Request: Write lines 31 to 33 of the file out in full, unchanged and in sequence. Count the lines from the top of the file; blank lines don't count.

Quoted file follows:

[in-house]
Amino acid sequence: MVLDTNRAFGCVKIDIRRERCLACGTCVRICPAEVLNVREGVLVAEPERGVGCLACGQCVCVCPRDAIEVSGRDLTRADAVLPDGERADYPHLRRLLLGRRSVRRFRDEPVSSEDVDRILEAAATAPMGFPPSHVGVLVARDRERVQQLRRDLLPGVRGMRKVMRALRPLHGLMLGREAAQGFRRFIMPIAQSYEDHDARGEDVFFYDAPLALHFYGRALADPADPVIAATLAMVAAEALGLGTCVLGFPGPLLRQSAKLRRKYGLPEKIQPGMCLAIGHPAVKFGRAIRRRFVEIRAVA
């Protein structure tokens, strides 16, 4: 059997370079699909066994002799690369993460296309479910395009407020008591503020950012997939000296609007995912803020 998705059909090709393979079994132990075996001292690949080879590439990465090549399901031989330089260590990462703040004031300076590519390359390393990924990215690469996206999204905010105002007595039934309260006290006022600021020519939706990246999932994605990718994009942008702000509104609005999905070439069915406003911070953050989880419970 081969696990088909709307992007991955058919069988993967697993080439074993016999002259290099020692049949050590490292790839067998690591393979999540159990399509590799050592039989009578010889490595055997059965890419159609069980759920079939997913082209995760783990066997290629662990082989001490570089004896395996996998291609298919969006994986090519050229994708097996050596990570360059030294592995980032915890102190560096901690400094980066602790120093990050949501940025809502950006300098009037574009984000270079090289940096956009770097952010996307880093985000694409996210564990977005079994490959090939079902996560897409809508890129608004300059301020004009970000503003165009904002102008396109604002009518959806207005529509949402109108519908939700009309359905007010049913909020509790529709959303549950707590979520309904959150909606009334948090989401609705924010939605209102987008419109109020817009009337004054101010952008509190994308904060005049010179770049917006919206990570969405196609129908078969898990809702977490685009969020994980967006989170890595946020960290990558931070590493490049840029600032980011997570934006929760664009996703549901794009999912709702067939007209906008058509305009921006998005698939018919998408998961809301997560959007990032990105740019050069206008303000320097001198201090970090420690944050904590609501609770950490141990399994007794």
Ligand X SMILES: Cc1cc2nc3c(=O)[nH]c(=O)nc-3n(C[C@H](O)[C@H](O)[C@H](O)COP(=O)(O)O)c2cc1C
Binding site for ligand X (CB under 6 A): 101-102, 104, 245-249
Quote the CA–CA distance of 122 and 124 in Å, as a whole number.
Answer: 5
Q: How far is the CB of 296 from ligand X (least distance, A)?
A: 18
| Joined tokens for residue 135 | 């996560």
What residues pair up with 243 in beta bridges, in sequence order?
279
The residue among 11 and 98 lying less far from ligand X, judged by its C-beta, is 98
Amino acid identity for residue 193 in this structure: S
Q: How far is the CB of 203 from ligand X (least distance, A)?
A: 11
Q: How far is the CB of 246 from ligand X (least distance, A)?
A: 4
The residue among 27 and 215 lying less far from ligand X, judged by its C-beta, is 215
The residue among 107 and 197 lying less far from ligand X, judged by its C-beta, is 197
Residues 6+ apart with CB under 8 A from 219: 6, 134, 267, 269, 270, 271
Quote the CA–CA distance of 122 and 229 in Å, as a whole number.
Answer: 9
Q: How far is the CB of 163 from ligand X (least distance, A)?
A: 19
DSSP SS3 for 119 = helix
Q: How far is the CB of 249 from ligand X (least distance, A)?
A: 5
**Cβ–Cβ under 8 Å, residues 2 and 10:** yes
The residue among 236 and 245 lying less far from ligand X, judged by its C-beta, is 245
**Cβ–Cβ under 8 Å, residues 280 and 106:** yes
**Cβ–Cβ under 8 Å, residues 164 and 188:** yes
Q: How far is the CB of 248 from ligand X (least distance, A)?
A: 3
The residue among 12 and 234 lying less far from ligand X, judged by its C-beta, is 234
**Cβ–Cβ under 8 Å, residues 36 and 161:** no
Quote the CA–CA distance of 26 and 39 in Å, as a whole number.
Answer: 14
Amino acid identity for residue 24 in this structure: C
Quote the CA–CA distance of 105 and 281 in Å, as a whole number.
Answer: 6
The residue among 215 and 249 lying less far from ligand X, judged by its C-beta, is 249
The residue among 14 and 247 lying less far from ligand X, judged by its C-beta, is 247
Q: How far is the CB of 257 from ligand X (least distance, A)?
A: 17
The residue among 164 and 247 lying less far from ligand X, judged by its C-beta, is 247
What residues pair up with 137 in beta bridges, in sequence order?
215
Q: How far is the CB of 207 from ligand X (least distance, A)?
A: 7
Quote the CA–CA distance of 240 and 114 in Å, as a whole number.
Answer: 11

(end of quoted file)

**Cβ–Cβ under 8 Å, residues 280 and 106:** yes
**Cβ–Cβ under 8 Å, residues 164 and 188:** yes
Q: How far is the CB of 248 from ligand X (least distance, A)?